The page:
Marjorie was determined to qualify as an actuarial scientist and she undertook professional examinations while working at Deloitte, despite not possessing and undergraduate degree. As hard as it was, Marjorie fought her way up and qualified as an actuary in 2006.

Marjorie was raised in vibrant and diverse post-independence Zimbabwe where she completed her Advanced Levels at Chisipite Senior School in Harare.

“There were only about five actuaries in Zimbabwe at the time. The appeal was that it was challenging, rare and something to do with maths, which was a natural strength of mine,” Ngwenya explained in a previous interview with The Actuary magazine.

I look forward to the new challenge: Ngwenya

Responding to her latest appointment, Marjorie said her experience on the global financial services market will come in handy and she will be equal to the demanding task.

“I am delighted to be appointed as an external member of the Prudential Regulation Committee as it considers a number of important issues, including the Future Regulatory Framework Review and Solvency II reforms.

“I look forward to contributing my international financial services experience in support of the work of the Committee.”

Ngwenya’s trailblazing career in business and reinsurance

In accepting the new appointment, Marjorie will be juggling too many balls in the air at once as she currently serves an independent non-executive director at Tangerine Life (Nigeria) and its holding company Tangerine Financial.

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She is the chairperson of the Canon Collins Trust (UK) and a trustee of the Legal Resources Centre (South Africa).

Previously, she served as the Group Executive Committee and Chief Strategist for Liberty Group in South Africa. Prior to that, Ngwenya was Chief Risk Officer for Old Mutual’s African Operations.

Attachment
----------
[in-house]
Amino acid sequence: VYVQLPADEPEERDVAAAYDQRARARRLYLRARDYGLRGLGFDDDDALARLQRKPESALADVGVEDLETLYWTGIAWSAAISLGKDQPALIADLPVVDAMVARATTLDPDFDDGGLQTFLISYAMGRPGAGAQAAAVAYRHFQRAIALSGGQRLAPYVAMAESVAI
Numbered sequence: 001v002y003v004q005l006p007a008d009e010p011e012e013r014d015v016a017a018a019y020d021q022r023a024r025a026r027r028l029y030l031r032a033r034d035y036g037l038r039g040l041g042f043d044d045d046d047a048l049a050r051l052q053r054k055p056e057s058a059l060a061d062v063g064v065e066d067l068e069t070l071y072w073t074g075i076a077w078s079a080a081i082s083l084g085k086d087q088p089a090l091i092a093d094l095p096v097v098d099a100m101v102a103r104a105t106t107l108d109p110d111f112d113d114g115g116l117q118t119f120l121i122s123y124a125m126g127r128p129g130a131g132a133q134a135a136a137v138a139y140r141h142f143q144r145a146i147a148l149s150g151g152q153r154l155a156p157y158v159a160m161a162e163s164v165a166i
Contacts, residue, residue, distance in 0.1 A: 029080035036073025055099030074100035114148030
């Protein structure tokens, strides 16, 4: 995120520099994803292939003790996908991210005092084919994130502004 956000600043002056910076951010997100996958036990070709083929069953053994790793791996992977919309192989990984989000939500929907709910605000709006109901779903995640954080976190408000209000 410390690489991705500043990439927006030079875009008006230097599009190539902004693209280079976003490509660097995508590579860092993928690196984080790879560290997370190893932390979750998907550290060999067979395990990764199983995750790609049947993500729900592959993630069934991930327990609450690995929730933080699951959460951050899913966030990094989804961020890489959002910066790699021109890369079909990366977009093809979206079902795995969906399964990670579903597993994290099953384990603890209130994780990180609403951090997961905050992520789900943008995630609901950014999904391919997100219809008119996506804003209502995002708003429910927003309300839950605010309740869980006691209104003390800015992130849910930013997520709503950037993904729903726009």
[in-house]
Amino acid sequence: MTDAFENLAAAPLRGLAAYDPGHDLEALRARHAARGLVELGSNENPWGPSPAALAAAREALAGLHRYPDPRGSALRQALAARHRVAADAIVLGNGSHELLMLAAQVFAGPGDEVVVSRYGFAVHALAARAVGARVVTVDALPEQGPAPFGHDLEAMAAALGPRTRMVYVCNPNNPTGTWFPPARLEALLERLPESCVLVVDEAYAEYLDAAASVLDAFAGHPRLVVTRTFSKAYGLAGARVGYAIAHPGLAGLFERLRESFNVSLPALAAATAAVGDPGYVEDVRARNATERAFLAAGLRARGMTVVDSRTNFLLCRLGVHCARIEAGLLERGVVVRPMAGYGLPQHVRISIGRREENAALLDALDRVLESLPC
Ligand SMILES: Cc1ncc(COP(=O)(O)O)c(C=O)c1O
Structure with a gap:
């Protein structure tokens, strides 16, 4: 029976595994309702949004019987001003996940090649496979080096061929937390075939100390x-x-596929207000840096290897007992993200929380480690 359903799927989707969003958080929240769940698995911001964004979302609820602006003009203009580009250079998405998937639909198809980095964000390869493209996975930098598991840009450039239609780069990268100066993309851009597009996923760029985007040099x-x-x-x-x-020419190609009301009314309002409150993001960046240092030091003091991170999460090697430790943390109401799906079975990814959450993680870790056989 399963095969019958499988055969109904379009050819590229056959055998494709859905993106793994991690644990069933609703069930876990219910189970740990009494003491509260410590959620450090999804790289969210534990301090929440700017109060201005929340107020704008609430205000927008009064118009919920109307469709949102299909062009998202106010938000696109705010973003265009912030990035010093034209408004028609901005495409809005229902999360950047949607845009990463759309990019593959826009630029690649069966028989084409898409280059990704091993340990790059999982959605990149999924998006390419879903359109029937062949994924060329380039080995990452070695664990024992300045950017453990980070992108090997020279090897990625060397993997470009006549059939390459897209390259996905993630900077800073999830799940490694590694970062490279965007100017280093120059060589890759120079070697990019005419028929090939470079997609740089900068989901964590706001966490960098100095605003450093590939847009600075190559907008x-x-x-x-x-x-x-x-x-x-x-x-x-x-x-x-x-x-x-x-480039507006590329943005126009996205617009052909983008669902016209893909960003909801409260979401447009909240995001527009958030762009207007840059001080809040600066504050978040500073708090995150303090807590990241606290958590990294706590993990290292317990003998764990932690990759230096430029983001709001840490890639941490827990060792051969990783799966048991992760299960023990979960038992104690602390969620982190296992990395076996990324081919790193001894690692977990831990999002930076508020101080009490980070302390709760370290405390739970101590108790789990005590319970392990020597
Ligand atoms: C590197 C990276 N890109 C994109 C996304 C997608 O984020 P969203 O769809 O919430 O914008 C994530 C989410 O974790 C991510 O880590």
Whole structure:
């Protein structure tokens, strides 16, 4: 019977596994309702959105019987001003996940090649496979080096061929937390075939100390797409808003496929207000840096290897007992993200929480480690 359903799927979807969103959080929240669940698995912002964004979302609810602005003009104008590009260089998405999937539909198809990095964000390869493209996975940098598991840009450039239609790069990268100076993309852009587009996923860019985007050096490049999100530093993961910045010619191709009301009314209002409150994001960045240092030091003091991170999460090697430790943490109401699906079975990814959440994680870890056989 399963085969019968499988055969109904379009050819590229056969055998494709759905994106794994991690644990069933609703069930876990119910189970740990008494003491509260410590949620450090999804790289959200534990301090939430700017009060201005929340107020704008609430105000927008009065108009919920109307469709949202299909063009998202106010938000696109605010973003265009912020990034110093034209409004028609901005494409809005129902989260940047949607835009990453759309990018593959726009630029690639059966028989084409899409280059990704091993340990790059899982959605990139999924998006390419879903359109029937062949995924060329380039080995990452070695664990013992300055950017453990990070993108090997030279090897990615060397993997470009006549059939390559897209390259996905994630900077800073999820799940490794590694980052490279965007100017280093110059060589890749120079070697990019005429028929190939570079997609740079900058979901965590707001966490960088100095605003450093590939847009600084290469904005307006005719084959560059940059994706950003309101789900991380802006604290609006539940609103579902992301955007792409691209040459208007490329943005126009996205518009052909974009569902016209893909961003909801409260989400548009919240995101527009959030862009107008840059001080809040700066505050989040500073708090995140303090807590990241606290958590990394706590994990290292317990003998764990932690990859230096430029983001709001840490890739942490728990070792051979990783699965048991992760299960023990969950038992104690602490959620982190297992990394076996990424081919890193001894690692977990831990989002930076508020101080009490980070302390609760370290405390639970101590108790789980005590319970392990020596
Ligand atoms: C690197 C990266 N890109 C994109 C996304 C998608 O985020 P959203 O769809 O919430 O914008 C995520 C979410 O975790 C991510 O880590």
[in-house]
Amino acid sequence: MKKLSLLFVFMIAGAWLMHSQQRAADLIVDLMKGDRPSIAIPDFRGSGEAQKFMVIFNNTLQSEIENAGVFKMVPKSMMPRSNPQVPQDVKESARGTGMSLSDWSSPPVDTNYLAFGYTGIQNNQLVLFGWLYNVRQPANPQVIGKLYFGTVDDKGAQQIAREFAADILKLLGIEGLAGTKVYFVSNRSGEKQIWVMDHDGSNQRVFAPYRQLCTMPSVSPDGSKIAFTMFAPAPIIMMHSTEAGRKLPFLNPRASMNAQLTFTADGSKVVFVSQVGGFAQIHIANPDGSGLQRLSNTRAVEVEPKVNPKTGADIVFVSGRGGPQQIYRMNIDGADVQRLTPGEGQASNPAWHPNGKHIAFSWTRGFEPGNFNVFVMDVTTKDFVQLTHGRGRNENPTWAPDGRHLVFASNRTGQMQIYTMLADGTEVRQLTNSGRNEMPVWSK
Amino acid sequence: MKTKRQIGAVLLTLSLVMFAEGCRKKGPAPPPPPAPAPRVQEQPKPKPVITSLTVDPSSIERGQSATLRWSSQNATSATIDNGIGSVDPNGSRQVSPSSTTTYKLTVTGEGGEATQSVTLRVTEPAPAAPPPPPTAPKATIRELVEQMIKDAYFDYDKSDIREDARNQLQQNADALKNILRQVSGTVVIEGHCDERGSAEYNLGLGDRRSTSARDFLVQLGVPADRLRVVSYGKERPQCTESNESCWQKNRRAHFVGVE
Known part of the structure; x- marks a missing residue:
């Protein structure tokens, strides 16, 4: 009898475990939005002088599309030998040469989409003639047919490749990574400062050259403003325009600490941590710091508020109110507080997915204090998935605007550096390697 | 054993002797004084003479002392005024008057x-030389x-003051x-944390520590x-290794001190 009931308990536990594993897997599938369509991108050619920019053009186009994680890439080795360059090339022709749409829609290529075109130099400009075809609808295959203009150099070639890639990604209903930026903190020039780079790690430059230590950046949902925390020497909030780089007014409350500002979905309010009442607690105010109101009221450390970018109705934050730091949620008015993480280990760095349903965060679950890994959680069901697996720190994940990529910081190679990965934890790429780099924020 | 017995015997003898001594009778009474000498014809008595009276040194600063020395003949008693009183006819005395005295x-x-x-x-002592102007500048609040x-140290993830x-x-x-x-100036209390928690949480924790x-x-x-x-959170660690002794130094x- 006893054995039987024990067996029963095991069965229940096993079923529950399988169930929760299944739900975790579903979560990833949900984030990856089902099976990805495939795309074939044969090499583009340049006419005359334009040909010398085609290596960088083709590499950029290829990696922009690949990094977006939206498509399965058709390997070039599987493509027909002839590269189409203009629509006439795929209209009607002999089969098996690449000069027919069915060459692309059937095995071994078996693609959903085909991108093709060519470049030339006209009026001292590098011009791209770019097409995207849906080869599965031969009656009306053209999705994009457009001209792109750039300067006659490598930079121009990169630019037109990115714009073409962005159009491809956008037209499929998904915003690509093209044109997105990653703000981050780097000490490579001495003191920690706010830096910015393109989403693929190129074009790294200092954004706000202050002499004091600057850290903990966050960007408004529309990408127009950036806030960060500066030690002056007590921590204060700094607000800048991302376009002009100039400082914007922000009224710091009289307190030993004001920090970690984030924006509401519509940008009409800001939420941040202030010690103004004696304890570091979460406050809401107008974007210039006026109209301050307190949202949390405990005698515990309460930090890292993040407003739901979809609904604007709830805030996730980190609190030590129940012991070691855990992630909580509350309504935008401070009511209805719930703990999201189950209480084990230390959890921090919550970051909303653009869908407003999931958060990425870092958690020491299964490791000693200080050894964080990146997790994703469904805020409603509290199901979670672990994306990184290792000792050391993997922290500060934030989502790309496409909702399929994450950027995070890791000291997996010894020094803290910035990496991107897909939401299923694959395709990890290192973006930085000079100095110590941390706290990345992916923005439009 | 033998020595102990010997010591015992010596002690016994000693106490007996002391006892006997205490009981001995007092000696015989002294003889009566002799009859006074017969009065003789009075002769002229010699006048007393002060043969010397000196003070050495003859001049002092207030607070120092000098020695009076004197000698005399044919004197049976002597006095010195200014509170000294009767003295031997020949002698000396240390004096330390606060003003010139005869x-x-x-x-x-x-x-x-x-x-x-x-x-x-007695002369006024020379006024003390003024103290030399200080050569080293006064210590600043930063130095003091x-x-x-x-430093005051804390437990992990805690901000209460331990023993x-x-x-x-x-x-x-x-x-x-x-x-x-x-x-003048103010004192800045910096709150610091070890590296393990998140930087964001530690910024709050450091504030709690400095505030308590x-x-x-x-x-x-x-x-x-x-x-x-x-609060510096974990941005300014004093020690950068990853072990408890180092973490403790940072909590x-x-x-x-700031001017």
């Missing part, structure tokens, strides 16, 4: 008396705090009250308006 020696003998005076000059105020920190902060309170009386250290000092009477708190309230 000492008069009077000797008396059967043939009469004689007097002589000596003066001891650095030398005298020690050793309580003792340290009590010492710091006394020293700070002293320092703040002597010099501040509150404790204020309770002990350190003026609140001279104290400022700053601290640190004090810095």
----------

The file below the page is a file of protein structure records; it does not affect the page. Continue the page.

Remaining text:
Before these top roles in South African, Marjorie served the City of London as a member of the Chartered Management Institute, as a board member of the Legal Resources Trust, and as visiting lecturer at Cass Business School.

Early in her career while based in Johannesburg, Marjorie served as the editor of The Actuary magazine for three years until the end of 2011.

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For her trailblazing role in business and reinsurance, Marjorie has been raking up awards and nominations over the past decade. In 2012 at the Moneygram Zimbabwe Achievers Awards hosted in London, Marjorie Ngwenya took the Outstanding Achievement Award.

How and why did I become an actuary?

Telling her story to the Institute and Faculty of Actuaries in 2017, Marjorie chronicled her career path as follows.

“So how did I arrive at this position? Indeed, why did I become an actuary? I was raised in a small city called Gweru in Zimbabwe.

“My parents were the first generation of degree educated people in their family. For them education was everything. As a high school graduate, my range of career options was clear and limited.

“I was going to follow a profession. It was not negotiable. I wanted to be intellectually stimulated and rewarded in my work. Ideally, my career would also allow me to explore the world.

“So, when I discovered that actuarial studies had posed an elusive feat to all but a few of my peers in Zimbabwe and, liking a challenge, it appealed to me and gave me the drive to succeed. And so I did.